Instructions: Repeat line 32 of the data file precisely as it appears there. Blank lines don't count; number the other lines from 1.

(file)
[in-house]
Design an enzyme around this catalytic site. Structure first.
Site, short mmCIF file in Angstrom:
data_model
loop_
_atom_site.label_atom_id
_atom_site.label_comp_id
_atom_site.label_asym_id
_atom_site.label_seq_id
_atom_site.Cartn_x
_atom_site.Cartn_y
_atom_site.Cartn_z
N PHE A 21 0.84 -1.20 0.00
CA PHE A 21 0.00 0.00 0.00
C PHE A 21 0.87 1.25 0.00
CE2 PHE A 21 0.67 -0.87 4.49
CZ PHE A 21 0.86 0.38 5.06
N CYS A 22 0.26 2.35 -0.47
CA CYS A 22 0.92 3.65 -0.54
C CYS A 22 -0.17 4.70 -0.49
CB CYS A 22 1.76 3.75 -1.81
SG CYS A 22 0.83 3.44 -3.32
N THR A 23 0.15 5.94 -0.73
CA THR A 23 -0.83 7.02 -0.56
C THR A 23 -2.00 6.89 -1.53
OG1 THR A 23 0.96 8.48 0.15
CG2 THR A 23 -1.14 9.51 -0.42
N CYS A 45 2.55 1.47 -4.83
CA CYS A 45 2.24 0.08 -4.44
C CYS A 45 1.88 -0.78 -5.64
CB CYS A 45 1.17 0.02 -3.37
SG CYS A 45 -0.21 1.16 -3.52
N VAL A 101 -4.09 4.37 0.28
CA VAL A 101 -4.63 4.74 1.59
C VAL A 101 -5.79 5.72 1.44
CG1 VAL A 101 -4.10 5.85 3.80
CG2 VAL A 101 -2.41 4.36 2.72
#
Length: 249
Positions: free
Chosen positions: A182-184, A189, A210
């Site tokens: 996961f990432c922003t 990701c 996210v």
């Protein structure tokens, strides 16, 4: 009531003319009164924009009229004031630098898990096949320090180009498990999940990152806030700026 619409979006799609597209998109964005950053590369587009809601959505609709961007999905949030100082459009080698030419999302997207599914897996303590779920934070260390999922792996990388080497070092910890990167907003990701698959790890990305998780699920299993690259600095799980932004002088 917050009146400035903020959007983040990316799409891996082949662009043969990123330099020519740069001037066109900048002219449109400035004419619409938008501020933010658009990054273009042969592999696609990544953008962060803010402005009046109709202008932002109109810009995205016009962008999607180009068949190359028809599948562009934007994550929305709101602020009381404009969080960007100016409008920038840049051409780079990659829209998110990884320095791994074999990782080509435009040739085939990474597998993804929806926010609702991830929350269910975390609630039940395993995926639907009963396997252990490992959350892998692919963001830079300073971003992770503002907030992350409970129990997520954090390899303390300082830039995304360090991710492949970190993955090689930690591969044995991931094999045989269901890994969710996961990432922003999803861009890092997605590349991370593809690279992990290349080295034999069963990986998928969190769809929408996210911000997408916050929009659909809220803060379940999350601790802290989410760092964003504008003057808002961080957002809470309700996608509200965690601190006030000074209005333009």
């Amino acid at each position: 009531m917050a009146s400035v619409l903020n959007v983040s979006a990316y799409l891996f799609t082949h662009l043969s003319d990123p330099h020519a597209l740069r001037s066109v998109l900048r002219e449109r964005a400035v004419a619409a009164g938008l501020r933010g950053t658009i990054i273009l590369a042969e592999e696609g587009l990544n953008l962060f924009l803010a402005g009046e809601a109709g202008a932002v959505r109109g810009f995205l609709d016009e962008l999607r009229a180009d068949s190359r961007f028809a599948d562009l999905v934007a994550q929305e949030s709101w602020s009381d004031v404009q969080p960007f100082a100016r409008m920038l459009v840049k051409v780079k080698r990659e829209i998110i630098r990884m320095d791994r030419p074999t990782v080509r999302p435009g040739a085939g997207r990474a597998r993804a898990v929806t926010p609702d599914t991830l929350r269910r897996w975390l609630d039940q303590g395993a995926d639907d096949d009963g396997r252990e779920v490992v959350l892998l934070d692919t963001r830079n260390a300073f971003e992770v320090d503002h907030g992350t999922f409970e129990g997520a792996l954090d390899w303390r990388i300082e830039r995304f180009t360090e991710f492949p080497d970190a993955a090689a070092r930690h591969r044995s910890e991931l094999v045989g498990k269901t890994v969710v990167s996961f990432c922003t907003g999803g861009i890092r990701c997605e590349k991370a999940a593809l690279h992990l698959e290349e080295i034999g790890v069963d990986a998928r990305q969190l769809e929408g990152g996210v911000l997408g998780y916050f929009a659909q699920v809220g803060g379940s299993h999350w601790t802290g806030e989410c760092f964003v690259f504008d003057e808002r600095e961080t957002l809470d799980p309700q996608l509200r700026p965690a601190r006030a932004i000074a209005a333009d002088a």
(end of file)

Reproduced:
SG CYS A 45 -0.21 1.16 -3.52